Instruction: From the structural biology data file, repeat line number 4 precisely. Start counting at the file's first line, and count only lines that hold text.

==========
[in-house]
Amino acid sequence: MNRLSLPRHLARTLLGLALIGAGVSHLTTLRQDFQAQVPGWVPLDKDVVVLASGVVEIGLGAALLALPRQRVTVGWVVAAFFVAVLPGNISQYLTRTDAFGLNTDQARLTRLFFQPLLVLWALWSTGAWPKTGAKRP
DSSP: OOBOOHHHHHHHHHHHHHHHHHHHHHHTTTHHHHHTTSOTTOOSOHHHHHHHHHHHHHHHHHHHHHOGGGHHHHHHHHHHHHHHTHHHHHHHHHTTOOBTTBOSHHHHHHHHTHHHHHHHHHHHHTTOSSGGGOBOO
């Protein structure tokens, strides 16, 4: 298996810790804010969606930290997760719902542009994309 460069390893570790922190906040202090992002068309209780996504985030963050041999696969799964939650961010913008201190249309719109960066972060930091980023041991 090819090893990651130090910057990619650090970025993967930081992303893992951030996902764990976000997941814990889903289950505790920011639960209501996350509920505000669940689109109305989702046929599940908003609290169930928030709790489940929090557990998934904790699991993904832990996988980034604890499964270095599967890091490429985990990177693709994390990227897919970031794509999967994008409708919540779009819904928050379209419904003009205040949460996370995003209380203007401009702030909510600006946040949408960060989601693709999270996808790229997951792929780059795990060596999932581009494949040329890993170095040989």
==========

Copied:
């Protein structure tokens, strides 16, 4: 298996810790804010969606930290997760719902542009994309 460069390893570790922190906040202090992002068309209780996504985030963050041999696969799964939650961010913008201190249309719109960066972060930091980023041991 090819090893990651130090910057990619650090970025993967930081992303893992951030996902764990976000997941814990889903289950505790920011639960209501996350509920505000669940689109109305989702046929599940908003609290169930928030709790489940929090557990998934904790699991993904832990996988980034604890499964270095599967890091490429985990990177693709994390990227897919970031794509999967994008409708919540779009819904928050379209419904003009205040949460996370995003209380203007401009702030909510600006946040949408960060989601693709999270996808790229997951792929780059795990060596999932581009494949040329890993170095040989």